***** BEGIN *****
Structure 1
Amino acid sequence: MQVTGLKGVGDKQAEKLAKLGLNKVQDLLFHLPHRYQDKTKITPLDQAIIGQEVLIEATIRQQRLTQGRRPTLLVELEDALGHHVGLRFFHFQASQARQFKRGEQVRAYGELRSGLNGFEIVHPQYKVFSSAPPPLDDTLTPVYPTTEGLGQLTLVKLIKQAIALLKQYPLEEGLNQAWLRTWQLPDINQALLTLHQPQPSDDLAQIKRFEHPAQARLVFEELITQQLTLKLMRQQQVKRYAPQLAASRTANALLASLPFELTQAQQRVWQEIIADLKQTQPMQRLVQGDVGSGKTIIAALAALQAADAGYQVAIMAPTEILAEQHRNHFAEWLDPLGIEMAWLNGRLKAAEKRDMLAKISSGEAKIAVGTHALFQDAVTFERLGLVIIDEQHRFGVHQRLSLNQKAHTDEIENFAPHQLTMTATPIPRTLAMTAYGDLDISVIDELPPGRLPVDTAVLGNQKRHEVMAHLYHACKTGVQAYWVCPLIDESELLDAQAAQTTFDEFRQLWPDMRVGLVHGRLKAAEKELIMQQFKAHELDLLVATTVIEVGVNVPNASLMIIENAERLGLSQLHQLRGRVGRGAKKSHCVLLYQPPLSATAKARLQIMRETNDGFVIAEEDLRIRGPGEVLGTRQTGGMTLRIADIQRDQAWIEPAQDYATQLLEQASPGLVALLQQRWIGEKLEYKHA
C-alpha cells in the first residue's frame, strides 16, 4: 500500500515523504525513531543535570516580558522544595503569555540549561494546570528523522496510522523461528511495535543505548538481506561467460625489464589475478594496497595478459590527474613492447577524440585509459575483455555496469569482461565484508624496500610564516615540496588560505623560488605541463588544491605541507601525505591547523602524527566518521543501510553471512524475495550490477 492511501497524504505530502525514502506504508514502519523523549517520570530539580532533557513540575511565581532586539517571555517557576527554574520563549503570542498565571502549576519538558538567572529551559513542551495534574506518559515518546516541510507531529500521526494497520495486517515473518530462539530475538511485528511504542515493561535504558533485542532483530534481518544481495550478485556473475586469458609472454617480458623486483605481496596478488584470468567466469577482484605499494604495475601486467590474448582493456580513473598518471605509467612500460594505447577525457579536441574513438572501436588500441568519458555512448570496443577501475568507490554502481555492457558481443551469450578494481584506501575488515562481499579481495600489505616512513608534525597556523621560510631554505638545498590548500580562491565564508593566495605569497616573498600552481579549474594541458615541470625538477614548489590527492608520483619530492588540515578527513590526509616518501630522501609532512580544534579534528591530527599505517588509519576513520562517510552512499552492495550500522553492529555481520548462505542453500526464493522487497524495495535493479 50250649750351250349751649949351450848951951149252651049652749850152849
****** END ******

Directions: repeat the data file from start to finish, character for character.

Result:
Structure 1
Amino acid sequence: MQVTGLKGVGDKQAEKLAKLGLNKVQDLLFHLPHRYQDKTKITPLDQAIIGQEVLIEATIRQQRLTQGRRPTLLVELEDALGHHVGLRFFHFQASQARQFKRGEQVRAYGELRSGLNGFEIVHPQYKVFSSAPPPLDDTLTPVYPTTEGLGQLTLVKLIKQAIALLKQYPLEEGLNQAWLRTWQLPDINQALLTLHQPQPSDDLAQIKRFEHPAQARLVFEELITQQLTLKLMRQQQVKRYAPQLAASRTANALLASLPFELTQAQQRVWQEIIADLKQTQPMQRLVQGDVGSGKTIIAALAALQAADAGYQVAIMAPTEILAEQHRNHFAEWLDPLGIEMAWLNGRLKAAEKRDMLAKISSGEAKIAVGTHALFQDAVTFERLGLVIIDEQHRFGVHQRLSLNQKAHTDEIENFAPHQLTMTATPIPRTLAMTAYGDLDISVIDELPPGRLPVDTAVLGNQKRHEVMAHLYHACKTGVQAYWVCPLIDESELLDAQAAQTTFDEFRQLWPDMRVGLVHGRLKAAEKELIMQQFKAHELDLLVATTVIEVGVNVPNASLMIIENAERLGLSQLHQLRGRVGRGAKKSHCVLLYQPPLSATAKARLQIMRETNDGFVIAEEDLRIRGPGEVLGTRQTGGMTLRIADIQRDQAWIEPAQDYATQLLEQASPGLVALLQQRWIGEKLEYKHA
C-alpha cells in the first residue's frame, strides 16, 4: 500500500515523504525513531543535570516580558522544595503569555540549561494546570528523522496510522523461528511495535543505548538481506561467460625489464589475478594496497595478459590527474613492447577524440585509459575483455555496469569482461565484508624496500610564516615540496588560505623560488605541463588544491605541507601525505591547523602524527566518521543501510553471512524475495550490477 492511501497524504505530502525514502506504508514502519523523549517520570530539580532533557513540575511565581532586539517571555517557576527554574520563549503570542498565571502549576519538558538567572529551559513542551495534574506518559515518546516541510507531529500521526494497520495486517515473518530462539530475538511485528511504542515493561535504558533485542532483530534481518544481495550478485556473475586469458609472454617480458623486483605481496596478488584470468567466469577482484605499494604495475601486467590474448582493456580513473598518471605509467612500460594505447577525457579536441574513438572501436588500441568519458555512448570496443577501475568507490554502481555492457558481443551469450578494481584506501575488515562481499579481495600489505616512513608534525597556523621560510631554505638545498590548500580562491565564508593566495605569497616573498600552481579549474594541458615541470625538477614548489590527492608520483619530492588540515578527513590526509616518501630522501609532512580544534579534528591530527599505517588509519576513520562517510552512499552492495550500522553492529555481520548462505542453500526464493522487497524495495535493479 50250649750351250349751649949351450848951951149252651049652749850152849